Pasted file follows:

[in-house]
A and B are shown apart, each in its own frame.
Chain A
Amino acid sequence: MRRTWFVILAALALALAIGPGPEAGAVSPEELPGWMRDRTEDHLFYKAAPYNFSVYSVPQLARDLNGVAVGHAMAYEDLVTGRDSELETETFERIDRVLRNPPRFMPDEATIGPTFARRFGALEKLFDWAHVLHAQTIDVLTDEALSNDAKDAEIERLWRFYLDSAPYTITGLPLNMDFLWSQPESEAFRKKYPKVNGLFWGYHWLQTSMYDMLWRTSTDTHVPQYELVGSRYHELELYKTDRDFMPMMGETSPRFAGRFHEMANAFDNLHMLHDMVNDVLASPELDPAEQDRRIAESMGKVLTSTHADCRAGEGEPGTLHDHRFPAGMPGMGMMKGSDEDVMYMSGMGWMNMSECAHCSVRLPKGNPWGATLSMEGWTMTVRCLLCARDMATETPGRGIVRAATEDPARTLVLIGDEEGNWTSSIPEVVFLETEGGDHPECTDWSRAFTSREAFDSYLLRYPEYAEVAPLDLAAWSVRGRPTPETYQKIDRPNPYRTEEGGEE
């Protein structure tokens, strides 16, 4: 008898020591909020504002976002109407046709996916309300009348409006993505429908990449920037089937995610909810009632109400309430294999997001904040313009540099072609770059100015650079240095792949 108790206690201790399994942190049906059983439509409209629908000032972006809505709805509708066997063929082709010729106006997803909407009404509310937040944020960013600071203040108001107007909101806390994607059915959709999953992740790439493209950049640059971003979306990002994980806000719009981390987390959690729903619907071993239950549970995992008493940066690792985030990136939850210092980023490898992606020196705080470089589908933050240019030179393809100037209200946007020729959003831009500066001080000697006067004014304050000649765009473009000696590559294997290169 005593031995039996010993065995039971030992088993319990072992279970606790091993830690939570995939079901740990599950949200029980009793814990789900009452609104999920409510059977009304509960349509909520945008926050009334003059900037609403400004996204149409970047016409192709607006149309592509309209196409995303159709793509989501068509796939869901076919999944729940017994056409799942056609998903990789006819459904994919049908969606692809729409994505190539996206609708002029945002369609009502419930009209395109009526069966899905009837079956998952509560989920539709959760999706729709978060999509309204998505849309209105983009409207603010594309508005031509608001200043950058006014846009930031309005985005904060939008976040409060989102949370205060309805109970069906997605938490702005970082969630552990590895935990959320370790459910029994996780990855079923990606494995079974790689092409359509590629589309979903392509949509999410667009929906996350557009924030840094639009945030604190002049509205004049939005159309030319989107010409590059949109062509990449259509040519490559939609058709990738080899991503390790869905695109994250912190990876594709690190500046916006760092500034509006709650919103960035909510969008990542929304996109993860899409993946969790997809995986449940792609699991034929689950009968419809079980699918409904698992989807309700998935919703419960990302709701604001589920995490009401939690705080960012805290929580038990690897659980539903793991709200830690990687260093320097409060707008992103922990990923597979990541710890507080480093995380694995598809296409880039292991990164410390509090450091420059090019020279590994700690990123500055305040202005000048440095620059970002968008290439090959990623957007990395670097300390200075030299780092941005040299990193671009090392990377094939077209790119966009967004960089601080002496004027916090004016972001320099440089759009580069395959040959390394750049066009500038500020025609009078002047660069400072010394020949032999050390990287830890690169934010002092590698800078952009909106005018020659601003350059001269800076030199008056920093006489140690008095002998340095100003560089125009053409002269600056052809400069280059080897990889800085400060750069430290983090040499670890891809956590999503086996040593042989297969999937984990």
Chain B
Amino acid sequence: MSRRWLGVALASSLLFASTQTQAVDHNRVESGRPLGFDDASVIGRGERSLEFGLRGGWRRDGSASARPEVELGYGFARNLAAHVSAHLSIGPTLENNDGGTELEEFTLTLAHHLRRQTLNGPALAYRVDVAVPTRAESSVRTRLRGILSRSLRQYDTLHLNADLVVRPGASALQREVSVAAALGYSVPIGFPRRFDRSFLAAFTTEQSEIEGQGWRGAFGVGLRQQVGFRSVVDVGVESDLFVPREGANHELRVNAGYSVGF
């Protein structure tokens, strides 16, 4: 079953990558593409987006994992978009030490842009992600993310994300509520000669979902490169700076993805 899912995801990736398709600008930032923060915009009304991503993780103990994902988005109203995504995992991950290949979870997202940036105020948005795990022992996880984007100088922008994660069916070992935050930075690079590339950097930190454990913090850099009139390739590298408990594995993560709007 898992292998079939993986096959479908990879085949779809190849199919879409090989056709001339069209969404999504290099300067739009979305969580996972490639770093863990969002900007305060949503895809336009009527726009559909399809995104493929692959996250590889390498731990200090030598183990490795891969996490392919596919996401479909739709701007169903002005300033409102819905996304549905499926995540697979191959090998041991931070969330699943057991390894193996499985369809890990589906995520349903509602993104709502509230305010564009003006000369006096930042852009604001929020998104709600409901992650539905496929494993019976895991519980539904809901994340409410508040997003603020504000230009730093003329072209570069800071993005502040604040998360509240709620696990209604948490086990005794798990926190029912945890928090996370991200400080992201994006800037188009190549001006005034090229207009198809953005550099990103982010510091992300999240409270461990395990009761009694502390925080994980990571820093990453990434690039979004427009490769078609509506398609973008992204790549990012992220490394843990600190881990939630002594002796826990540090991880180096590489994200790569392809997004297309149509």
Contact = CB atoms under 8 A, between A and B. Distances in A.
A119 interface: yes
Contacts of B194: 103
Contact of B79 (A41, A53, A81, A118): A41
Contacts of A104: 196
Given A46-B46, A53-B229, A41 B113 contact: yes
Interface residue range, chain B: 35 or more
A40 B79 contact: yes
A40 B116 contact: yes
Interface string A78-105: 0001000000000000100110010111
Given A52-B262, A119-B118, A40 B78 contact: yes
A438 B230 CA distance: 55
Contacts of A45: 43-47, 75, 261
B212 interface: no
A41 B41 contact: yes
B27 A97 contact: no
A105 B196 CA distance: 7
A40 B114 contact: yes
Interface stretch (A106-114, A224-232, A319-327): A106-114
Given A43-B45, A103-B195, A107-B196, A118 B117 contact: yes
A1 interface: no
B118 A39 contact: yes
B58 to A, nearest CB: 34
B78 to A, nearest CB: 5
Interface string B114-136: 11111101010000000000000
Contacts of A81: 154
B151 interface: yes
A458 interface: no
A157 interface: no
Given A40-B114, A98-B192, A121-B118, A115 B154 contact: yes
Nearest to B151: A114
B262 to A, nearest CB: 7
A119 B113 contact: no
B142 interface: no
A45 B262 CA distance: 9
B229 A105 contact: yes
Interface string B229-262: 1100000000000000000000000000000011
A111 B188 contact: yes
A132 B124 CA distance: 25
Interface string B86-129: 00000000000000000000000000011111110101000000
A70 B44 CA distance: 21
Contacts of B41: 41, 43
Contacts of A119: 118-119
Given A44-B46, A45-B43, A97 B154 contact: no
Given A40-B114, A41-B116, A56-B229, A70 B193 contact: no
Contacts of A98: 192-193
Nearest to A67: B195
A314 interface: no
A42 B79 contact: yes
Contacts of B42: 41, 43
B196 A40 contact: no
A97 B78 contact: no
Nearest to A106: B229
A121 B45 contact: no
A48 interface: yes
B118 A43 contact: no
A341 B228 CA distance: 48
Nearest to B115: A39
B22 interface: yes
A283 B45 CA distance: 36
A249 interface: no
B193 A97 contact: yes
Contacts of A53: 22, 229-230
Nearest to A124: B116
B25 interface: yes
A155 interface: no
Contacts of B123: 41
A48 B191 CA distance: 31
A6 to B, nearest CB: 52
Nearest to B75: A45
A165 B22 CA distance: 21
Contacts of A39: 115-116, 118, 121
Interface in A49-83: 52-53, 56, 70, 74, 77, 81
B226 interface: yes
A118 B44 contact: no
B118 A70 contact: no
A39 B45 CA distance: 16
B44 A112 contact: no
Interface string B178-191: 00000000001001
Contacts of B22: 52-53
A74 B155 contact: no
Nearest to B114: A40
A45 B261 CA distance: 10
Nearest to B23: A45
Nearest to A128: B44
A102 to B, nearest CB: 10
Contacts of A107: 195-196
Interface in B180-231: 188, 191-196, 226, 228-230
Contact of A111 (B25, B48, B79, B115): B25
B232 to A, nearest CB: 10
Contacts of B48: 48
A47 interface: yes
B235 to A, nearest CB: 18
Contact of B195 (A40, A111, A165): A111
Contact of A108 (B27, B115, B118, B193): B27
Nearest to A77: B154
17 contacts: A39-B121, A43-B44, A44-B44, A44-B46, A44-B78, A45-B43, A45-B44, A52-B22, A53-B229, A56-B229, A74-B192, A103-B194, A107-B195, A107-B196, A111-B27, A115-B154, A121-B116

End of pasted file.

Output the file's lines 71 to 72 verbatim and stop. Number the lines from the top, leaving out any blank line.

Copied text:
Contacts of A53: 22, 229-230
Nearest to A124: B116